SAFFORD – When the weather turns cooler, even those living in the warm state of Arizona need a coat to keep away the nip of the cold.
The First United Methodist Church held its sixth annual coat drive on Friday to help everyone find a coat this winter. There were children’s jackets, baby coats, and adult coats as well. The coat drive was a work of multiple Christian denominations in the Gila Valley, who worked hard to collect coat contributions for those who needed them.
Reverend Sherry Brady, who helped organize the event, said that the First United Methodist Church had worked together with multiple other churches to create the drive.
“We have probably had this coat drive, which we have every October, for five six years in a row now,” Brady said. “I try to get the word out. I have ladies come in here and get coats for five kids,(and) I have single men come.”
There were at least six tables filled with neatly folded jackets and sweatshirts at the drive. The coats were separated neatly into piles for men, women, children and infants. Brady told Gila Valley Central that the coats were all donated by individuals within the community. However, Brady also said that there is an underlying sentiment that went along with the coat drive.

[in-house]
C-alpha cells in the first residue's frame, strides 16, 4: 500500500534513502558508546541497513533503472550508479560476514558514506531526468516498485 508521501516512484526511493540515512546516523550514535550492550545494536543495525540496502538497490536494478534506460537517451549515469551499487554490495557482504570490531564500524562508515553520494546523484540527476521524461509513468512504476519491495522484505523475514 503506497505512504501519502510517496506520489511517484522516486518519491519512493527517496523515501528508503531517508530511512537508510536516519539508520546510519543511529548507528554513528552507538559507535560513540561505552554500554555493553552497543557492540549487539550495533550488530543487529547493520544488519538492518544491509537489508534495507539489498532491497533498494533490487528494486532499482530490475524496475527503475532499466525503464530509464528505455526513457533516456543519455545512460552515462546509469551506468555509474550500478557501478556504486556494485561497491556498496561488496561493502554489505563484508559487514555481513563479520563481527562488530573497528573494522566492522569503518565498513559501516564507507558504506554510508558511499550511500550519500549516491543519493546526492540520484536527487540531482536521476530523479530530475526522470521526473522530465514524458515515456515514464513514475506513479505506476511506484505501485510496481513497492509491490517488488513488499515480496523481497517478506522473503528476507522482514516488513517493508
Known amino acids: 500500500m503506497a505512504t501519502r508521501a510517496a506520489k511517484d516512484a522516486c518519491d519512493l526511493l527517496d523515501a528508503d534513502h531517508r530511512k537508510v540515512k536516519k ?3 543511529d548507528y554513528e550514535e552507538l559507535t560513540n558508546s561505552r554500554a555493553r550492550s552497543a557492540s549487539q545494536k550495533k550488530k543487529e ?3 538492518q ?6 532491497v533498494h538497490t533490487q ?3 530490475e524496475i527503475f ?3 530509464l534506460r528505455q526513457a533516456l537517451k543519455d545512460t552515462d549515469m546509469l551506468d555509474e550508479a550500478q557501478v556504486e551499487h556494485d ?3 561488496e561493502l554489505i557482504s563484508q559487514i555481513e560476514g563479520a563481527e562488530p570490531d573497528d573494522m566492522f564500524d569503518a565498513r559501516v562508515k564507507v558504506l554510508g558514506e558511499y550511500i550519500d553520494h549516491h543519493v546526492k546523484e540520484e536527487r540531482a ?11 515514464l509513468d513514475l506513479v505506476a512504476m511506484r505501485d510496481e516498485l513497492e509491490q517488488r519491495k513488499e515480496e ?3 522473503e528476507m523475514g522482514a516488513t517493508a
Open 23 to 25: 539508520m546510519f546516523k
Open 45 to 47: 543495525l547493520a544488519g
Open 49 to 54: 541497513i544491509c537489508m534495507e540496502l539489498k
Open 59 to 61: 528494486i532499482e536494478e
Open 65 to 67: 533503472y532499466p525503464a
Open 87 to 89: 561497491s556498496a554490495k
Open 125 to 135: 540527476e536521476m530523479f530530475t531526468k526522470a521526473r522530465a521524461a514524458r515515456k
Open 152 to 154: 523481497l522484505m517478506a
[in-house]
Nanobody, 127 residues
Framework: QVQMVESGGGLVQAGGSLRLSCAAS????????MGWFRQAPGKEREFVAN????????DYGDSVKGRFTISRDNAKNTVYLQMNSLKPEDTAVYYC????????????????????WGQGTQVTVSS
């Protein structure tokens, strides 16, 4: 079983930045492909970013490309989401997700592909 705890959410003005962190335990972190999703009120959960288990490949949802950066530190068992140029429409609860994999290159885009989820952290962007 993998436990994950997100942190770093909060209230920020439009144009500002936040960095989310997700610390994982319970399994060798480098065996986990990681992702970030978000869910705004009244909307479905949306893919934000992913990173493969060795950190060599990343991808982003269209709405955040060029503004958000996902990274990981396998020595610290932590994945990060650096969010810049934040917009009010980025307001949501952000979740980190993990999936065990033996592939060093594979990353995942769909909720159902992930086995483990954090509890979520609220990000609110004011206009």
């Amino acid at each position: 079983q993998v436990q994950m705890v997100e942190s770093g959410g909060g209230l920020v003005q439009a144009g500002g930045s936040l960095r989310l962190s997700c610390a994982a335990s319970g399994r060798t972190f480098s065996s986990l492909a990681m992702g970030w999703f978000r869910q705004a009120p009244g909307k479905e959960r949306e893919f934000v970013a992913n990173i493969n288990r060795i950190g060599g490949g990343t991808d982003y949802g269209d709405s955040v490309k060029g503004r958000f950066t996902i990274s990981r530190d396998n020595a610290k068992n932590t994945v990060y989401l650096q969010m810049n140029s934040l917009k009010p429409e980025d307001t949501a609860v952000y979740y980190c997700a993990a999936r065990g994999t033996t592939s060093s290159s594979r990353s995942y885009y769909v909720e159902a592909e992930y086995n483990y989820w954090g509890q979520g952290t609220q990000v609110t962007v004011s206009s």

“I want people to know that, number one, we’re the hands and feet of Jesus Christ,” Brady said. “There’s a verse in James that says, don’t say be fed and be warm, and you don’t give them a coat or something to eat. What have you done? You’ve done nothing. This is part of walking your talk. I want people to know that they can depend on Christians, especially from this church, that we’ll have something for them. But this is totally an interdenominational item.”
Brady also said that there are many people in the community wanting to share with others, but do not know the proper channels. However, some individuals didn’t have used coats to donate, so they bought new coats to contribute.
“I think people generally want to share and don’t know where to do it,” Brady said. “And this is an opportunity to get involved even though they don’t get a coat. We had a couple people that got brand new coats. We were getting them in the bag and putting them out and they had price tags on them.”